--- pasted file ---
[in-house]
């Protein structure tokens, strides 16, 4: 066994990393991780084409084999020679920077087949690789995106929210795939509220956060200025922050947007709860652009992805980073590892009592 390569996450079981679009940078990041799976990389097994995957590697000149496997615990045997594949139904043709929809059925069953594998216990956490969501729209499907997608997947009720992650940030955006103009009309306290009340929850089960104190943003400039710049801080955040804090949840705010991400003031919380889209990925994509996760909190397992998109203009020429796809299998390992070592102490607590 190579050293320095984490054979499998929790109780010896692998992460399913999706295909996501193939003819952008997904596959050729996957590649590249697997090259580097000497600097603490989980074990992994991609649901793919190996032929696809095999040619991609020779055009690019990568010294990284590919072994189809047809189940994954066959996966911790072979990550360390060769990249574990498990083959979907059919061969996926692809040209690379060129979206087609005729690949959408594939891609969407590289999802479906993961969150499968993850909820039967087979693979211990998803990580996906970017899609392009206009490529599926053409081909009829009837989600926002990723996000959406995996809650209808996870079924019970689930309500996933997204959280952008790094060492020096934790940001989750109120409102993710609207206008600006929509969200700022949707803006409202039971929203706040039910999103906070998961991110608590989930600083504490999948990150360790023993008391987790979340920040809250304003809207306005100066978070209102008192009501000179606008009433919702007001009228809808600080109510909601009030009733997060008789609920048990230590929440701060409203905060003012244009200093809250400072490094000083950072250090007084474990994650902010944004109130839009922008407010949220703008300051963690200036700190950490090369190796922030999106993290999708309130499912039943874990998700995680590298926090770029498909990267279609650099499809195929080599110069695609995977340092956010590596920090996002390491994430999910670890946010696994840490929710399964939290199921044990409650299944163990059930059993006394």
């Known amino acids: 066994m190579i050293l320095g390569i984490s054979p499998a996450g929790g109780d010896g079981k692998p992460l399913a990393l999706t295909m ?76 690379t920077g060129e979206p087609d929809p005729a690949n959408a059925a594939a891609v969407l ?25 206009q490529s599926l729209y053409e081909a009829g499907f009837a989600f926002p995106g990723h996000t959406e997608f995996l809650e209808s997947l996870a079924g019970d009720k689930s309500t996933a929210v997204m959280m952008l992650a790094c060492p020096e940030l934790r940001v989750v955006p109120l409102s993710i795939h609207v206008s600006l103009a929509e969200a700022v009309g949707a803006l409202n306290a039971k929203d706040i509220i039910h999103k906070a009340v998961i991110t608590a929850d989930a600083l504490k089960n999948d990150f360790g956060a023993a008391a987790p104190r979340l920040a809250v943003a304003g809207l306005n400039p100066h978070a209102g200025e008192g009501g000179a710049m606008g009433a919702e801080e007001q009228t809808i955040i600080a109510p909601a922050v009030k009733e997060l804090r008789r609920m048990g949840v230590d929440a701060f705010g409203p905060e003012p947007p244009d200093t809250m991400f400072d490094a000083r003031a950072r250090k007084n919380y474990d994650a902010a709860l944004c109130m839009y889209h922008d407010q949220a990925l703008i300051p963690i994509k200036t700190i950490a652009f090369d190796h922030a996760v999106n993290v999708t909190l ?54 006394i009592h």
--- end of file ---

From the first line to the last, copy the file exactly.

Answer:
[in-house]
């Protein structure tokens, strides 16, 4: 066994990393991780084409084999020679920077087949690789995106929210795939509220956060200025922050947007709860652009992805980073590892009592 390569996450079981679009940078990041799976990389097994995957590697000149496997615990045997594949139904043709929809059925069953594998216990956490969501729209499907997608997947009720992650940030955006103009009309306290009340929850089960104190943003400039710049801080955040804090949840705010991400003031919380889209990925994509996760909190397992998109203009020429796809299998390992070592102490607590 190579050293320095984490054979499998929790109780010896692998992460399913999706295909996501193939003819952008997904596959050729996957590649590249697997090259580097000497600097603490989980074990992994991609649901793919190996032929696809095999040619991609020779055009690019990568010294990284590919072994189809047809189940994954066959996966911790072979990550360390060769990249574990498990083959979907059919061969996926692809040209690379060129979206087609005729690949959408594939891609969407590289999802479906993961969150499968993850909820039967087979693979211990998803990580996906970017899609392009206009490529599926053409081909009829009837989600926002990723996000959406995996809650209808996870079924019970689930309500996933997204959280952008790094060492020096934790940001989750109120409102993710609207206008600006929509969200700022949707803006409202039971929203706040039910999103906070998961991110608590989930600083504490999948990150360790023993008391987790979340920040809250304003809207306005100066978070209102008192009501000179606008009433919702007001009228809808600080109510909601009030009733997060008789609920048990230590929440701060409203905060003012244009200093809250400072490094000083950072250090007084474990994650902010944004109130839009922008407010949220703008300051963690200036700190950490090369190796922030999106993290999708309130499912039943874990998700995680590298926090770029498909990267279609650099499809195929080599110069695609995977340092956010590596920090996002390491994430999910670890946010696994840490929710399964939290199921044990409650299944163990059930059993006394």
């Known amino acids: 066994m190579i050293l320095g390569i984490s054979p499998a996450g929790g109780d010896g079981k692998p992460l399913a990393l999706t295909m ?76 690379t920077g060129e979206p087609d929809p005729a690949n959408a059925a594939a891609v969407l ?25 206009q490529s599926l729209y053409e081909a009829g499907f009837a989600f926002p995106g990723h996000t959406e997608f995996l809650e209808s997947l996870a079924g019970d009720k689930s309500t996933a929210v997204m959280m952008l992650a790094c060492p020096e940030l934790r940001v989750v955006p109120l409102s993710i795939h609207v206008s600006l103009a929509e969200a700022v009309g949707a803006l409202n306290a039971k929203d706040i509220i039910h999103k906070a009340v998961i991110t608590a929850d989930a600083l504490k089960n999948d990150f360790g956060a023993a008391a987790p104190r979340l920040a809250v943003a304003g809207l306005n400039p100066h978070a209102g200025e008192g009501g000179a710049m606008g009433a919702e801080e007001q009228t809808i955040i600080a109510p909601a922050v009030k009733e997060l804090r008789r609920m048990g949840v230590d929440a701060f705010g409203p905060e003012p947007p244009d200093t809250m991400f400072d490094a000083r003031a950072r250090k007084n919380y474990d994650a902010a709860l944004c109130m839009y889209h922008d407010q949220a990925l703008i300051p963690i994509k200036t700190i950490a652009f090369d190796h922030a996760v999106n993290v999708t909190l ?54 006394i009592h």